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Regional spelling bee bound for L-O-U-I-S-V-I-L-L-E this weekend

A microphone.
Matthias Wagner
/
Unsplash
The winner of this weekend's regional bee in Louisville will go on to compete in the national bee in May.

Students from north-central Kentucky and Southern Indiana converge in Louisville this weekend for a chance to compete at the Scripps National Spelling Bee.

Fifteen elementary and middle school students from a 28-county region are ready to take the mic at the Scripps Regional Spelling Bee.

The Louisville Free Public Library’s Main Branch is hosting its first competition.

“We were cold-called by someone from Scripps, who [is] based in Cincinnati, and she was determined that she was going to find someone to host the Louisville regional,” said Lee Burchfield, Louisville Free Public Library director.

Burchfield said the library was instantly buzzing with excitement.

“It's just such an endearing, charming, fun piece of Americana, that we are able to be a part of,” Burchfield said.

The next step was identifying the winners from schools in the region. Schools register their winning students with Scripps. The library is responsible for getting the space, judges, a pronouncer and other logistics.

Burchfield said Scripps provided the library with a top-secret list of words and rules for the competition.

The winner of the Louisville Regional Scripps Spelling Bee will go on to compete in the national bee in Washington, D.C. this May. Burchfield said the Louisville Free Public Library Foundation plans to help cover the cost of airfare and lodging for the winner and a guardian to help get them there.

Now all that’s left is the bee itself.

Fourteen-year-old Madison Baucco won the school-wide bee at Holy Trinity, where she’s an eighth-grader.

“It was kind of a surprise to win the class spelling bee because I know that there's a lot of other good spellers in my class,” Baucco said. “But winning the overall school spelling bee was really exciting. And it was like a major accomplishment for me.”

Baucco said being a speller isn’t just about memorization.

“You have to have a good vocabulary not just be good at spelling because to know the word that you’re spelling helps to know where it comes from, what it means, it helps a lot to spell it,” Baucco said.

She’s an avid reader and said it’s also key to her success.

Zachary Rara, a 13-year-old Meyzeek student who’ll compete against Baucco, agreed.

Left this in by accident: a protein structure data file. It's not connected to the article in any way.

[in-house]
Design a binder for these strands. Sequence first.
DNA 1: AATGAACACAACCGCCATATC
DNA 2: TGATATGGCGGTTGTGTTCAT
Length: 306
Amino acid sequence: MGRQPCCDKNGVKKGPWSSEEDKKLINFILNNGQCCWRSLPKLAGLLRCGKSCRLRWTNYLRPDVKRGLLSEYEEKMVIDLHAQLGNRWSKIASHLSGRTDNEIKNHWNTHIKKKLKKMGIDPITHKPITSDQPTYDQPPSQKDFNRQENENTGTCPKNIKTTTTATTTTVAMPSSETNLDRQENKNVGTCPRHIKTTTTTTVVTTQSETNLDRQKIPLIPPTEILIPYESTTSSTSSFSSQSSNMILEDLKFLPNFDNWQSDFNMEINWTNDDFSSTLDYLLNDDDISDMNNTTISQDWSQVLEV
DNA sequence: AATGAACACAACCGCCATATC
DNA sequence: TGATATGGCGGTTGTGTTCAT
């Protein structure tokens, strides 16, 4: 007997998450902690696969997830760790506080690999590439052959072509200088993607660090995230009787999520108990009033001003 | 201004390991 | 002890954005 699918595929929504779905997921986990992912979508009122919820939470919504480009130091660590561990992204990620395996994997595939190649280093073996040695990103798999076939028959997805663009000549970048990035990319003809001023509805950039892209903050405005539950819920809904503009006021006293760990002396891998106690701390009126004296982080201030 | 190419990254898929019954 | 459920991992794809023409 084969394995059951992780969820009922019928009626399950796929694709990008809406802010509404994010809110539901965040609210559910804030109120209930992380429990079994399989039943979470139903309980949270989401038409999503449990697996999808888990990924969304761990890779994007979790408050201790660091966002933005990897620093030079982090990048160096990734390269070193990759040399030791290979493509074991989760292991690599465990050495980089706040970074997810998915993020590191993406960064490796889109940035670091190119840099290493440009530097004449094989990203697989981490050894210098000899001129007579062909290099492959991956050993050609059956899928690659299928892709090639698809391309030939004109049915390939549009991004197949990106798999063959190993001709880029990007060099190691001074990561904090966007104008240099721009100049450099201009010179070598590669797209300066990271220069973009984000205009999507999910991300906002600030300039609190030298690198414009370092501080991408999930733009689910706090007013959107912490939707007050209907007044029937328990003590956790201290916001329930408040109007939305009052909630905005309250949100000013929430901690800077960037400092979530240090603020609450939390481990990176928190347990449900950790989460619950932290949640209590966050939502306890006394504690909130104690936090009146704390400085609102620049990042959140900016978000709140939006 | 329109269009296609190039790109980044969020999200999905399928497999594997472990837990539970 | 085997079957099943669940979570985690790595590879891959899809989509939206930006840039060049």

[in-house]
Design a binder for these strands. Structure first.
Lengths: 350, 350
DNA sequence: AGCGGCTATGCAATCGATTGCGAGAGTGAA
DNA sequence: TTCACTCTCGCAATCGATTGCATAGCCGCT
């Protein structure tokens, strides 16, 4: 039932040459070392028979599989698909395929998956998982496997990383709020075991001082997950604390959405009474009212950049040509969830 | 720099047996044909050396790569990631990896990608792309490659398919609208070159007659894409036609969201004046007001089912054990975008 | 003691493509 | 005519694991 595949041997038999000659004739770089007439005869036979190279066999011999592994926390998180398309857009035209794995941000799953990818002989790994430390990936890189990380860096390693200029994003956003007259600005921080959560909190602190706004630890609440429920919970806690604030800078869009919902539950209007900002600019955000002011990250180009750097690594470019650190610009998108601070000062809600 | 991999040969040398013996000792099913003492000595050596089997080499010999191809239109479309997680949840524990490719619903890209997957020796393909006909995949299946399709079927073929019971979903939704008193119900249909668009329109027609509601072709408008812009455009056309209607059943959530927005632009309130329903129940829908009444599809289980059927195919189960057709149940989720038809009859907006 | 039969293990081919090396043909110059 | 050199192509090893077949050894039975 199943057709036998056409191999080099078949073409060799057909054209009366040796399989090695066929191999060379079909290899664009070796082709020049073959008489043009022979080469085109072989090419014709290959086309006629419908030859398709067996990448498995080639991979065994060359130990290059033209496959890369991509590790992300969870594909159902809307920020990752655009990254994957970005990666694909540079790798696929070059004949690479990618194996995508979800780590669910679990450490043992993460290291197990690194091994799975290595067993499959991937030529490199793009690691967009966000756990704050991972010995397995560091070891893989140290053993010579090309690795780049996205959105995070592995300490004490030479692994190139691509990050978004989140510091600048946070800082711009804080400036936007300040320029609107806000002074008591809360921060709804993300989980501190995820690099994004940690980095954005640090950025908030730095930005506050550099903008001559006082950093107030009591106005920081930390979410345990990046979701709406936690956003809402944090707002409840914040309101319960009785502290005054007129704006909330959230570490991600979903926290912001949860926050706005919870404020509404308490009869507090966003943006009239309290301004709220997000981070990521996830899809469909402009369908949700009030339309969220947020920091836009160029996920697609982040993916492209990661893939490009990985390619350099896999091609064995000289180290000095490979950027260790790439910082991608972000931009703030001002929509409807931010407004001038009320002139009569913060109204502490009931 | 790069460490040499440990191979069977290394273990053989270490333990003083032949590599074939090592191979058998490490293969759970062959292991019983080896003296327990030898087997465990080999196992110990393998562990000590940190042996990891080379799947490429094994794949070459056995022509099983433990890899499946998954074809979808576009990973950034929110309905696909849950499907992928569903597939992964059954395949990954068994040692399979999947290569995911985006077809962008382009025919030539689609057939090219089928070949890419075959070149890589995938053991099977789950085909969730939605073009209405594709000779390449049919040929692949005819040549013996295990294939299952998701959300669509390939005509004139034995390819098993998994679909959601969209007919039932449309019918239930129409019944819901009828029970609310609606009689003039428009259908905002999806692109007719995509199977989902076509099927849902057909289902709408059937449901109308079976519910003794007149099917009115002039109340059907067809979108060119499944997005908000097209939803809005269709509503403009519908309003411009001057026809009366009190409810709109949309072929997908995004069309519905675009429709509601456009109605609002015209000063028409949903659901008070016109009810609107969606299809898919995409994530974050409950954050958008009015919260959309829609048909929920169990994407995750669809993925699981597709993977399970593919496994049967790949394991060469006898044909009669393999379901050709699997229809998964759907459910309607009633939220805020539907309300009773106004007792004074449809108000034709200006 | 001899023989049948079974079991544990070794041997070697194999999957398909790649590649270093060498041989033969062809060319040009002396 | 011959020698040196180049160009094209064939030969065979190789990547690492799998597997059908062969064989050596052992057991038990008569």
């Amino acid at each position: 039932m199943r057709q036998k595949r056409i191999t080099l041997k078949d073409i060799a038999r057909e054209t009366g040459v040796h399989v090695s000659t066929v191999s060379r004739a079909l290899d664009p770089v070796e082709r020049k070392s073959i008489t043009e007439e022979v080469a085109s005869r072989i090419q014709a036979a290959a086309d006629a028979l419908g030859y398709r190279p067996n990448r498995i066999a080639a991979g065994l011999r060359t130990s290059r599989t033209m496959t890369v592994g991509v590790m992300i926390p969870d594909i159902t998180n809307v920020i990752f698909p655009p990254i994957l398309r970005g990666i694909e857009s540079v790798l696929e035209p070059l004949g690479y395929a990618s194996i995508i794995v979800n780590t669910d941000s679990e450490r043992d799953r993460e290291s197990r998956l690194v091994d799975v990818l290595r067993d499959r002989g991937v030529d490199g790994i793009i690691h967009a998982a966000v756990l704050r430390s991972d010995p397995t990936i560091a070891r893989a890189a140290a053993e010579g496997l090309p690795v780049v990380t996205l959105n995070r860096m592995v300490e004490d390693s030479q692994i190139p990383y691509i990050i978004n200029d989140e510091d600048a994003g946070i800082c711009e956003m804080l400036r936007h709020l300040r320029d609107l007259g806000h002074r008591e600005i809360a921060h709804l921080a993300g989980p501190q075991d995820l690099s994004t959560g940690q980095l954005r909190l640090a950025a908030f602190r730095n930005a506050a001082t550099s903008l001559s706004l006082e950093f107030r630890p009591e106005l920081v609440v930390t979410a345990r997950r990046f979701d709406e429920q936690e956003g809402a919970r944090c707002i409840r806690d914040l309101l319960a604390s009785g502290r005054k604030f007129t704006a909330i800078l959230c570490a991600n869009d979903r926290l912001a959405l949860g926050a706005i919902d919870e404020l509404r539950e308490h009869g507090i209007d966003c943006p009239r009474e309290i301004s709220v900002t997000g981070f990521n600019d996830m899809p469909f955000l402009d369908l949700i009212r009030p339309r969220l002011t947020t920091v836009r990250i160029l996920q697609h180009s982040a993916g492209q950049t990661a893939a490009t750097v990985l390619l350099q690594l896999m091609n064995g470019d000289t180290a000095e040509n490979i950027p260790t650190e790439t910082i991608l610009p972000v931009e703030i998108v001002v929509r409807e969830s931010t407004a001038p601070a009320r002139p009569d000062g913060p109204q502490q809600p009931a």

“I read a lot of books,” Rara said. “That's how I really upgrade my vocabulary.”

Burchfield, the library director, said that shared literacy adds up.

“It just makes sense to me that kids who love to read would also enjoy learning new words, and that kids who like to learn new words and learn to spell would also just naturally be drawn to books,” Burchfield said.

Both Baucco and Rara have been studying using Scripps materials ahead of the regional bee.

“I have a really good memory, if I look at something once, then it's just engraved in my brain,” Baucco said. “So I'm just gonna give all the words, like look at them once and then spell them once, but there's like 600 words. So it's gonna take a while, but I think it'll be worth it.”

Both Rara and Baucco said when they approach a word, they like to break it down into smaller chunks and then spell it out section by section.

Rara also employs a strategy that helps him spell and get his nerves out.

“I write it, I pretty much write it on my palm while imagining it,” Rara explained.

Both Baucco and Rara said they hope they can make their schools proud. They also have some advice to share.

“I would say spelling isn't just like spelling the word. It's knowing the word. So if you just like words, if you have a passion for writing or words, you can also get into spelling pretty easily,” Baucco said.

Rara said it is important that children are intrinsically motivated to start spelling.

“You want to have them also read a lot of books and expand their vocabulary from a young age, because that's really what helped me,” Rara said. “If you just have them do that, from a young age, they'll already have a very high chance to become the next national champion.”

The regional bee is Saturday at 10 a.m. at the Main Branch of the Louisville Free Public Library. It is free and open to the public.

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Breya Jones is the Arts & Culture Reporter for LPM. Email Breya at bjones@lpm.org.